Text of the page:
Continue reading ‘Evidences of CO2 leakage during the last deglaciation: the need to understand deep-ocean carbonate chemistry of the Arabian Sea’

AMAP assessment 2018: Arctic ocean acidification

Ocean acidification, resulting from changes in ocean chemistry induced by increasing seawater carbon dioxide concentrations, is one of the growing challenges to marine organisms, ecosystems and biogeochemical cycling. Some of the fastest rates of ocean acidification currently observed are in the Arctic Ocean, with important physiological and geochemical thresholds already surpassed. Projections indicate that large parts of the Arctic Ocean are undergoing marine carbonate system changes that will incur significant shifts in ecological status over the coming decades unless global carbon emissions are drastically curtailed. These changes in water chemistry and biology will have significant socio-ecological and economic consequences at the local to global level.

The first AMAP Arctic Ocean acidification report (AMAP, 2013) presented a scientific assessment on the changing state of ocean acidification in the Arctic and provided an Arctic-wide perspective on the rapid increase in seawater acidity. The report concluded that ocean acidification was affecting the Arctic marine environment and ecosystems.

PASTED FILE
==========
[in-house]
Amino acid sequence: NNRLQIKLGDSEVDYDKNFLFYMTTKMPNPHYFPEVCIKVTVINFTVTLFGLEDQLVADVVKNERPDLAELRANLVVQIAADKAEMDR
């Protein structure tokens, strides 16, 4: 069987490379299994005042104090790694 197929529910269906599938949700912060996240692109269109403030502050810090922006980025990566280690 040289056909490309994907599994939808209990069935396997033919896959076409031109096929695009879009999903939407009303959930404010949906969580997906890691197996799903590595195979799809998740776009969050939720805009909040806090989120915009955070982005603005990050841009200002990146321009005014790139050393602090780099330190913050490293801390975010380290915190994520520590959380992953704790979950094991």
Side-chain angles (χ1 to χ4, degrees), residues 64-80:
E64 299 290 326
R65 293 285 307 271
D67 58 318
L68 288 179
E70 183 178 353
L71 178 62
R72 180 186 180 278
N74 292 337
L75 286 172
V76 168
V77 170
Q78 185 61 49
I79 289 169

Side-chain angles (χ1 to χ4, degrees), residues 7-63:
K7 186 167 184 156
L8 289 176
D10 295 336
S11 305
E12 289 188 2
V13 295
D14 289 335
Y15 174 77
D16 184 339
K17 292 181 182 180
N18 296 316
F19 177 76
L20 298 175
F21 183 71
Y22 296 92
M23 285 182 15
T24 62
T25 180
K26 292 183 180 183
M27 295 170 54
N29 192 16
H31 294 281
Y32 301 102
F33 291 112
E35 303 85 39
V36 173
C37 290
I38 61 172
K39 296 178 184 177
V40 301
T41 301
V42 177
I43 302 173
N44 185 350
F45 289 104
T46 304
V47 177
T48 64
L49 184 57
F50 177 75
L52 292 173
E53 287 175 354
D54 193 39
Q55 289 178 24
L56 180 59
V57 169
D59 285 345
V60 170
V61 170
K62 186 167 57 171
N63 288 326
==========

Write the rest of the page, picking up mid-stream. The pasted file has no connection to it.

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Complexity of marine CO2 system highlighted by seasonal asymmetries

The complexities of the marine carbon cycle continue to be uncovered. In this issue, Fassbender et al (2018) combined measured surface ocean partial pressure of carbon dioxide (pCO2) with model predictions of increases in dissolved inorganic carbon (DIC) to explore seasonal pCO2 changes. They find that when seasonal cycles of other variables (temperature, salinity, total alkalinity, and DIC) are maintained to climatological means, seasonal amplitudes of pCO2 are affected asymmetrically. Thus, even ignoring other natural or climate change factors, the assumption that the seasonal cycle of pCO2 will be preserved may not be valid. Fassbender et al. (2018) intentionally ignore the influence of other variables such as a global warming signal in order to hone in explicitly on carbon system dynamics. The results show that when studying CO2 fluxes, especially into the future, the full seasonal cycle must be investigated, as what happens at one time of year may not translate to the rest of the year. Practically, this means that in order to fully understand the marine carbon cycle and its control over atmospheric CO2 levels, there is an urgent need for more surface pCO2 data covering more months of the year particularly in the polar oceans which are highly seasonally biased.

Continue reading ‘Complexity of marine CO2 system highlighted by seasonal asymmetries’

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Ocean acidification in the IPCC AR5 WG II

OUP book